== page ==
Baracouda dominated French racing, landing multiple graded races along the way, before connections brought him to the UK. Baracouda won seven grade 1 events in the UK and ran four times in the Stayers’ Hurdle, winning it back-to-back in 2002 and 2003 and defeating top class opposition such as Bannow Bay and Iris’s Gift. He was then runner-up in 2004 and 2005 behind Iris’s Gift and three-time winner Inglis Drever.

In my opinion Baracouda was one of the greatest horses of all time. The way he jumped and travelled was a joy to watch. Connections did a brilliant job keeping him at the top of his game for the best part of five years.

Baracouda won 18 times from 26 starts over obstacles, landing two Stayers’ Hurdles at Cheltenham and also runnning in four grade 1 Long Walk Hurdles at Ascot, winning in 2000, 2001 and 2003 and placing second in 2002.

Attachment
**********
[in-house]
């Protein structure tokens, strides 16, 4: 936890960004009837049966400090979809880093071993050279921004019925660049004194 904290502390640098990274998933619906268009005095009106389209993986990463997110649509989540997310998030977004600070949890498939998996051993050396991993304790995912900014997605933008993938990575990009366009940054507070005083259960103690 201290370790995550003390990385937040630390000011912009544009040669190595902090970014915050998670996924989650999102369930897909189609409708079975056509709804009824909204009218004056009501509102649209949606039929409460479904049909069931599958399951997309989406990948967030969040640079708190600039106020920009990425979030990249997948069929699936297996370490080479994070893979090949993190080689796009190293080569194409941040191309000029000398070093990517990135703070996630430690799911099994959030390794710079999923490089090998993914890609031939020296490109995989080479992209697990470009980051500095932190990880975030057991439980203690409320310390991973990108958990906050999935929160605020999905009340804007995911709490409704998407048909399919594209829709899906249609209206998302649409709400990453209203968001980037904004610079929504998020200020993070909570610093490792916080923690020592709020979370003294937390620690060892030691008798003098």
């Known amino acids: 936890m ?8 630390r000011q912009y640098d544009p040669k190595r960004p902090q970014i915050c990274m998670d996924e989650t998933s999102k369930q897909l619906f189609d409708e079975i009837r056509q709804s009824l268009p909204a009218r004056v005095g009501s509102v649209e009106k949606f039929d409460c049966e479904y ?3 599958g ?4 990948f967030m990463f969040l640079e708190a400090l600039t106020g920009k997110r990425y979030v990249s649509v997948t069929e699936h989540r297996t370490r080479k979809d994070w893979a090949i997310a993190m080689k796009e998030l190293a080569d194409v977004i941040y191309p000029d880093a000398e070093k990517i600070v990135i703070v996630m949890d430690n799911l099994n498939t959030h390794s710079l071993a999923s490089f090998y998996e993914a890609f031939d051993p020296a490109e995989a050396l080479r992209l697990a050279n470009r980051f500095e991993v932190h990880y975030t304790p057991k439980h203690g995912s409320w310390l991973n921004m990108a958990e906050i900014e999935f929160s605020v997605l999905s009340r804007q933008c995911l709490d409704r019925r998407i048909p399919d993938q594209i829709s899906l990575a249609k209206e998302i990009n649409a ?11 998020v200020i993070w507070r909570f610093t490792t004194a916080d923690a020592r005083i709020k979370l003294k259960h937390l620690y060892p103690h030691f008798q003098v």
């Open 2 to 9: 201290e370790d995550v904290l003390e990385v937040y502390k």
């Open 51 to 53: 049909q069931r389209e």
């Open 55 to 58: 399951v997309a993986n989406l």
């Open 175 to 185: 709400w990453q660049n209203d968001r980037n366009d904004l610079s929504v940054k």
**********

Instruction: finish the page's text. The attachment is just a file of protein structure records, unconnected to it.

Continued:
Although Baracouda was past his best by 2005, the great stayer still managed to finish second in the Stayers’ Hurdle that year and then finished fifth in the 2006 Stayers’ Hurdle. He truly was a monster of a horse for Francois and Thierry Doumen.



We move onto the greatest ever french jump racehorse, Mid Dancer. A once in a lifetime horse, he ran in the Grand Steeple-Chase De Paris (French Gold Cup) six times over 3m5f in grade 1 company between 2007 and 2013 and achieved form figures of 1-3-2-1-1-3 in the race. He won five grade 1’s and ten grade 2/3 races, a feat that is unlikely to be repeated in France.

Mid Dancer was a top-class staying chaser who barely ran a poor race in his career. He won the Grand Steeple-Chase De Paris in 2007 as 7/10 favourite before finishing third in 2008 and then returning a year later to finish second.